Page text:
If you decide to go to Masca, which we drove through but did not stop due to the sheer numbers of cars and buses already parked in any and every available parking spot, continue on the road for about 2 miles (very steep but good quality mountain road) to the Cafeteria Mirador "La Cruz de Hilda" at the top. You can see the café from Masca and Masca looks even more picture postcard beautiful when you're there. You can enjoy a snack or drink there and I was introduced to a strange but exquisite way to drink coffee: ask for Cafe Cortado Leche y Leche which means something like "Coffee divided milk and milk". They put condensed (not evaporated) milk into the glass first, then fill it up with espresso and regular hot milk. Your glass of hot coffee has a small white base and brown topping. Your supposed to stir the coffee into the condensed milk a bit and enjoy. You won't need any extra sugar because condensed milk already has loads in it. Try it the once and you'll be drinking it regularly I promise you. And with the delightful view from the patio balcony of this cafeteria it will be truly heavenly! We really liked it here, and it seem much more attractive than Masca itself (but then as we did not actually visit I can't really comment).
After Masca, you have to drive back to the TF820 and continue southwards to Los Gigantes, now signposted. Arriving in Los Gigantes was a bit like arriving in Southend-on-sea: a very sea-side town, complete with glass bottomed boats on Dolphin spotting excursions, with every other eating place a "Eastenders Pub". All run by expatriate British people of course. We had a "full English" at one of the cafes but had to move two tables to our right to have a desert at another cafe! Beware that you are seated at the right table for the cafe you want to eat in. Watch out for sudden changes in table cloth colour or seating cushions: they are demarcation lines between the various establishments.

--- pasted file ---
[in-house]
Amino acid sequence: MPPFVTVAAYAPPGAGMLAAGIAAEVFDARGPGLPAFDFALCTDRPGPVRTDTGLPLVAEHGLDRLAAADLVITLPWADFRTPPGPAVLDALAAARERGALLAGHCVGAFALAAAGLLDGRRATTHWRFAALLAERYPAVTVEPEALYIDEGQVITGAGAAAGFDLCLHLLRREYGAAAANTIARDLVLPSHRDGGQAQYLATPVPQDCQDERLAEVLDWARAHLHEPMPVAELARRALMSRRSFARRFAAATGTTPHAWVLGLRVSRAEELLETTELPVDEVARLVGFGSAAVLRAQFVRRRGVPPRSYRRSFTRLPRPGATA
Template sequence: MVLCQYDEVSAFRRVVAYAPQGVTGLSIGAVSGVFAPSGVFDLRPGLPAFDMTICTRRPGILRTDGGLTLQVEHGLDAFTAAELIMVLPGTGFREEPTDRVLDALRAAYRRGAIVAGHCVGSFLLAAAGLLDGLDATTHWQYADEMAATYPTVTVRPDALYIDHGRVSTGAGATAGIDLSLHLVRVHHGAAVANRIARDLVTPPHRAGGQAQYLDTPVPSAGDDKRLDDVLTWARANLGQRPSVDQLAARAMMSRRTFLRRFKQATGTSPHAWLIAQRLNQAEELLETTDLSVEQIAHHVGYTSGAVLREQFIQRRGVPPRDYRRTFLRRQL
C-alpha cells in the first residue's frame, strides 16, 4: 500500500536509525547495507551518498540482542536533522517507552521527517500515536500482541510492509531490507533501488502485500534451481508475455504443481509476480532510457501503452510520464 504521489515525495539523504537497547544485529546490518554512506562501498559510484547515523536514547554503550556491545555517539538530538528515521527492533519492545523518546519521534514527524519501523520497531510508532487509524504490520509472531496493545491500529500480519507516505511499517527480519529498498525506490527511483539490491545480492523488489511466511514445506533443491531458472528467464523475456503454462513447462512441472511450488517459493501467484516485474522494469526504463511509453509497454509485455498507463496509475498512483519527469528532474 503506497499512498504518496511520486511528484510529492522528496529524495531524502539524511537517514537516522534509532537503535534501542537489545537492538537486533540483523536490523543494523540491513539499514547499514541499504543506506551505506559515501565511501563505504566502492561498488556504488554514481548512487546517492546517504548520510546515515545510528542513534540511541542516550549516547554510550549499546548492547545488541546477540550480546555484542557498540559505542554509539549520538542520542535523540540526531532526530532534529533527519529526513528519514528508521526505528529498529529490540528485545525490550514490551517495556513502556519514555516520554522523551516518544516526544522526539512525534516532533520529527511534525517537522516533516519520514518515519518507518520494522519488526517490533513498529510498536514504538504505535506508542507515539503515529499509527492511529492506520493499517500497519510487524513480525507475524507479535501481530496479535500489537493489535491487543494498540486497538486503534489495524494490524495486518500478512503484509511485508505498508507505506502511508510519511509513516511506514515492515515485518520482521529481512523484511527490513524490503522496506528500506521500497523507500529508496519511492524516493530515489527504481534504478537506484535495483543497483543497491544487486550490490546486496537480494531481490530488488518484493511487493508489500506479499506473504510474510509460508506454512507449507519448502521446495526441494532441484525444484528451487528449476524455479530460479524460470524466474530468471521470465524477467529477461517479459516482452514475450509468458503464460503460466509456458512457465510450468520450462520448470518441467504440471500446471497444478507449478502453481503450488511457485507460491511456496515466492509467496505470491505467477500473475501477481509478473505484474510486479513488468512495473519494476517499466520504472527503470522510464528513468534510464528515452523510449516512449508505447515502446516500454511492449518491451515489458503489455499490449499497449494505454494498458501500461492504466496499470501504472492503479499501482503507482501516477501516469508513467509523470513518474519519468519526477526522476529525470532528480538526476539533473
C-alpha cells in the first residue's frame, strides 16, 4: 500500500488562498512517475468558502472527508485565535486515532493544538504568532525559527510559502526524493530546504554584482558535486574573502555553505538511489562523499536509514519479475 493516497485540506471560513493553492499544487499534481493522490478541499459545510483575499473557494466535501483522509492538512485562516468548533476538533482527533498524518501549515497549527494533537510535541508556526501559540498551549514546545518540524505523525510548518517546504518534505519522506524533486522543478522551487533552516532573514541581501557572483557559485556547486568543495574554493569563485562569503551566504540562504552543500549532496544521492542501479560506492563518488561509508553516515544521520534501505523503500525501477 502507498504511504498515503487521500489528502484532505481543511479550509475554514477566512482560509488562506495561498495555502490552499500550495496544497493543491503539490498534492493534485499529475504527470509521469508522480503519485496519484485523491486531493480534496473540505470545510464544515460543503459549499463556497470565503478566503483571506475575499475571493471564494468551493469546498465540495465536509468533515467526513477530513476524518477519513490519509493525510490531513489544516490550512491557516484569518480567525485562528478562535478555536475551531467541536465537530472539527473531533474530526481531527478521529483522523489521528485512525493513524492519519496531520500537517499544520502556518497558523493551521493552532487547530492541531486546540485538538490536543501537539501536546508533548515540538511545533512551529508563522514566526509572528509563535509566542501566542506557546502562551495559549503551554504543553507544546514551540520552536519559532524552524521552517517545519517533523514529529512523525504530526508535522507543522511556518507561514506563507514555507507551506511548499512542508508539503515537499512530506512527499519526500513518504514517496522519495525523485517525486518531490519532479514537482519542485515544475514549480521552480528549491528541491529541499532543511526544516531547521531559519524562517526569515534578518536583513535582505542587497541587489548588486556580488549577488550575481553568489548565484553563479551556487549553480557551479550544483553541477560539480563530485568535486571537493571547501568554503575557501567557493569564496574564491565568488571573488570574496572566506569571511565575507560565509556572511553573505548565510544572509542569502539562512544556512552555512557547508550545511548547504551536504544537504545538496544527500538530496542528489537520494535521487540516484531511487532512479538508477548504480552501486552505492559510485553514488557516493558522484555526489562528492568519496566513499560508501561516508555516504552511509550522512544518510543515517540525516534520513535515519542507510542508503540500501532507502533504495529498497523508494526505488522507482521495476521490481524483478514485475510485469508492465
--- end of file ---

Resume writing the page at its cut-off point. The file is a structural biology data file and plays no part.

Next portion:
We did not have time for a 3 hour Dolphin excursion (if it had been just an hour or so we would have joined one) so I can't comment on how good they are. Although I found it a bit of fun ordered everything in English my wife hated it and could not wait to leave this mini-Britain. I guess it has its place, but frankly I usually detest places that pride themselves on not being Spanish on what is still Spanish territory, with signs like "No Spanish food here" as though that is supposed to encourage me to visit! I can't say Los Gigantes (or more accurately Puerto Santiago) was exactly like this, but give it a few years and I expect it will be.
The cliffs (the "Gigantes") are truly awesome, even more so from a boat I suspect, and it made a pretty sight whilst eating our Bacon & Eggs. If you are a walker you can arrange for one of the boats to pick you up from the walk down from Masca (only someone of Olympic standard could walk up to Masca from here). The AA book has details of this and more.
Still, after a quick coffee whilst we wrote a couple of postcards, we were on our way to Playa las Americas and Los Christianos, just to see what all the fuss was about. Were they really the new Ibiza for British lager-louts and loutesses?